Patriots have 34 players present for Trump White House visit

Patriots have 34 players present for Trump White House visit

WASHINGTON, D.C. -- All things considered, the Patriots had a good crowd show up to Wednesday's White House visit. 

The team invited 68 players -- including all 53 players on the active roster at the end of the season, practice-squad members and those on injured reserve -- and exactly half showed up to celebrate the team's Super Bowl victory with president Donald Trump.

This was on the high end of what the club was expecting. The projected range of attendees was thought to be somewhere between 27 (the number of players that showed up for the Patriots visit to the White House in 2005) and 36 (the number that showed up to the White House visit in 2004). As was the case in those years, the thinking was that the number of players present was reduced in part because for some who were invited the novelty of going to the White House wasn't the same as it was two years ago. 

Of course, there are players who opted not to show due to their feeling about Trump and his administration. Devin McCourty, Alan Branch, Chris Long, Martellus Bennett and LeGarrette Blount all have been outspoken about the fact that they did not feel as though it was appropriate for them to take part in the festivities because of the man occupying the nation's highest office. 

There were other reasons for player absences, however. Run-of-the mill reasons. One player said he would not be able to make it earlier this week because he had the dates mixed up and couldn't miss a family birthday party. Another had a surgery scheduled for his dog. 

Tom Brady's absence was the most notable. He had a personal family matter to attend to, he told ESPN's Mike Reiss. The only players no longer on the Patriots to make the trip were Jabaal Sheard and Barkevious Mingo -- both now members of the Colts. 

When it comes to Gronkowski's restructured deal, 15 is the magic number

When it comes to Gronkowski's restructured deal, 15 is the magic number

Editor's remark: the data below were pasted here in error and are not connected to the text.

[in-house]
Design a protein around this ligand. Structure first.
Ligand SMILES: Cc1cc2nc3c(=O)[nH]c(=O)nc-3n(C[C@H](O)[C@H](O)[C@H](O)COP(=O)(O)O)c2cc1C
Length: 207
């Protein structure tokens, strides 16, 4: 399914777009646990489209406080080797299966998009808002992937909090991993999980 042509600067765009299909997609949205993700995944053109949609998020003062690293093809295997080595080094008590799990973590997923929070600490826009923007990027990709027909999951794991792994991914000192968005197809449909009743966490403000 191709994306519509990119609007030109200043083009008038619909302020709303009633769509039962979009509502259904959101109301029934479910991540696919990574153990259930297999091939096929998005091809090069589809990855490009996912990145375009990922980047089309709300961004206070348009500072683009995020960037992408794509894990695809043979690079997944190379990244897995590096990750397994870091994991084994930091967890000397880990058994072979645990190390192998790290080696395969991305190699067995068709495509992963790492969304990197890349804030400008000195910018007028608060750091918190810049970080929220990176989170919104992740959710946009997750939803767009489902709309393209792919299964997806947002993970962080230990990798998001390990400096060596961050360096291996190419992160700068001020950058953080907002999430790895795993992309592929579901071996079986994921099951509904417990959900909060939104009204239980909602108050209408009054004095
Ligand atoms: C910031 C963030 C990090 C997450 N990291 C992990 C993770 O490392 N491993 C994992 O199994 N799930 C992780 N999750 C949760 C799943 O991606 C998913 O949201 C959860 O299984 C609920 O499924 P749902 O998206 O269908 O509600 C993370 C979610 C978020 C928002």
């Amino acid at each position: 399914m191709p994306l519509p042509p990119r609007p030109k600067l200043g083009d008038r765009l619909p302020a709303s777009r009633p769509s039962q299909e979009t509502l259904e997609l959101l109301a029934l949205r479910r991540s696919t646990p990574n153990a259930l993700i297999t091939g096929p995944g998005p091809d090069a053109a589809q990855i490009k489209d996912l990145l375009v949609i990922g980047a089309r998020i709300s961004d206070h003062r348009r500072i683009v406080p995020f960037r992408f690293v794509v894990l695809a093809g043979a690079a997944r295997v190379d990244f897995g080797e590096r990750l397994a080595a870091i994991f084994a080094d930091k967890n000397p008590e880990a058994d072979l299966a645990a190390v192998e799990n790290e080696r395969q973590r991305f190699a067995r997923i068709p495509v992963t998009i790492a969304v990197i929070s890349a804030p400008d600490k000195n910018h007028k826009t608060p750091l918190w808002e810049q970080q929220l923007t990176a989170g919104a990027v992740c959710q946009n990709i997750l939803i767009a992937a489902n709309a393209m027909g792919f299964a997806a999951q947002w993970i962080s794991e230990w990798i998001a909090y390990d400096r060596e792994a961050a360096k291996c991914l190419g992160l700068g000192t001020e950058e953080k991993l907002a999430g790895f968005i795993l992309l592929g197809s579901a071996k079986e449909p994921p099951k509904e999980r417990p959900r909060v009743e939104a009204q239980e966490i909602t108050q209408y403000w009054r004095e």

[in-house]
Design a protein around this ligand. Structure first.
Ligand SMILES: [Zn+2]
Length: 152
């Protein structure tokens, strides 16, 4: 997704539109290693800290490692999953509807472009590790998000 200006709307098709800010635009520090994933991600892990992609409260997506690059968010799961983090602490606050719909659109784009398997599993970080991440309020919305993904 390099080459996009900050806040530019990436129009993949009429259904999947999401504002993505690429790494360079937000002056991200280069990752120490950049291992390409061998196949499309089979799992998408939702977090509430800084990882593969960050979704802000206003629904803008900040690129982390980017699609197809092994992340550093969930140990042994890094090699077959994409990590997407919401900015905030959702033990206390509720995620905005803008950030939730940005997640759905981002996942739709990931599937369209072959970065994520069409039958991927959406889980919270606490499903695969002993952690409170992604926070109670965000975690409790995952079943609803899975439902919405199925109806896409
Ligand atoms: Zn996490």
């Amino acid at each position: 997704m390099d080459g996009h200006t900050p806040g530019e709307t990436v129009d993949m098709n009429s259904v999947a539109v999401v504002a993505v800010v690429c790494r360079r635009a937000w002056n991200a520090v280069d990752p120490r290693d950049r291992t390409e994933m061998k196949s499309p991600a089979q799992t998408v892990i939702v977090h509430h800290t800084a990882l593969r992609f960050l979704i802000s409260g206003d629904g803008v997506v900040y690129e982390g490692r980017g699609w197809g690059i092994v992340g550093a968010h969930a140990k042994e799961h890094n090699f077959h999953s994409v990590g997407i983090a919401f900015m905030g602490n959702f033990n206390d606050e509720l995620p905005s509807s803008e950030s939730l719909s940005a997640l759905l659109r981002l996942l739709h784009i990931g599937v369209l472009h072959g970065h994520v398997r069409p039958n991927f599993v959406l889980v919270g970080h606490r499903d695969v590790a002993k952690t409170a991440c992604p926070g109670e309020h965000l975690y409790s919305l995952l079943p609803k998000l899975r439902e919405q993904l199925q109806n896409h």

Rob Gronkowski's contract looked like one of the NFL's best bargains not too long ago. Now, after agreeing to a contract restructure, he could be paid as the top tight end in the league if he stays healthy.

Granted, it's a gargantuan "if."

According to ESPN's Adam Schefter, Gronkowski's restructured deal will bump his salary for this upcoming season from $5.25 million to $10.75 million should he hit certain statistical thresholds or be named an All-Pro.

Per Schefter, Gronkowski earns $10.75 million if he plays 90 percent of the offensive snaps (which he's done once before in his career), or makes 80 catches (which he's done twice), or gains 1,200 yards receiving (once), or is named an All-Pro (three times). 

Those seem like lofty goals for the 28-year-old who's entering his eighth year as a pro. But history shows that if he stays on the field for a full season or thereabouts -- 15 games to be specific -- he'll get to where he wants to be. 

If you take out his rookie year, before he had established himself as a go-to option in the Patriots offense, Gronkowski has played in three seasons during which he's reached at least 15 games. In each of those three seasons, he's been named an All-Pro. In 2011, he hit all three statistical markers. In 2014, he hit one. In 2015, he hit none. 

The lesson? When Gronkowski stays relatively healthy throughout a given season, even if he doesn't reach the astronomical statistical heights he reached in his second year, there's a very good chance he's considered the best tight end in the NFL. 

And if that's the case again in 2017, he'll be paid like the best tight end in the NFL.

To hit the second tier of his restructured deal -- which would pay him $8.75 million, per Schefter -- Gronkowski needs to play 80 percent of the offensive snaps (which he's done twice), or make 70 catches (three times), or gain 1,000 receiving yards (three times), or catch 12 touchdowns (twice). 

To hit the third tier of his new deal and get $6.75 million, Gronkowski needs to play 70 percent of the snaps (which he's done four times), or make 60 catches (three times), or gain 800 receiving yards (three times), or score 10 touchdowns (five times). 

According to Spotrac, Jimmy Graham of the Seahawks is currently scheduled to be the tight end position's top earner next season at $10 million. Odds are that if Gronkowski avoids disaster and stays on the field, he'll eclipse that.

But the odds of him staying on the field are what they are: He's played in 15 games in four of seven pro seasons. 

The restructured deal seems to be the ultimate incentive for Gronkowski to get healthy and stay that way following last year's season-ending back surgery. If he can, the Patriots will reap the benefits of having the game's most dynamic offensive weapon on the field, and the player will be paid a far cry from what he was scheduled to make when the week began.

Report: Patriots, Gronkowski restructure contract for 2017 season

Report: Patriots, Gronkowski restructure contract for 2017 season

The Patriots and Rob Gronkowski have restructured the tight end’s contract for the coming season, according to ESPN’s Adam Schefter. 

The reworked deal can bump Gronkowski’s salary for the 2017 season from $5.25 million to $10.75 million, according to Schefter. 

Gronkowski was limited by injury to just eight games last season. He had 25 receptions for 540 yards and three touchdowns, all of which were career lows. 

The 28-year-old is entering his eighth NFL season since being selected by the Pats in the second round of the 2010 draft. He has played played in at least 15 regular-season games in four of his first seven season, though he’s twice played fewer than 10.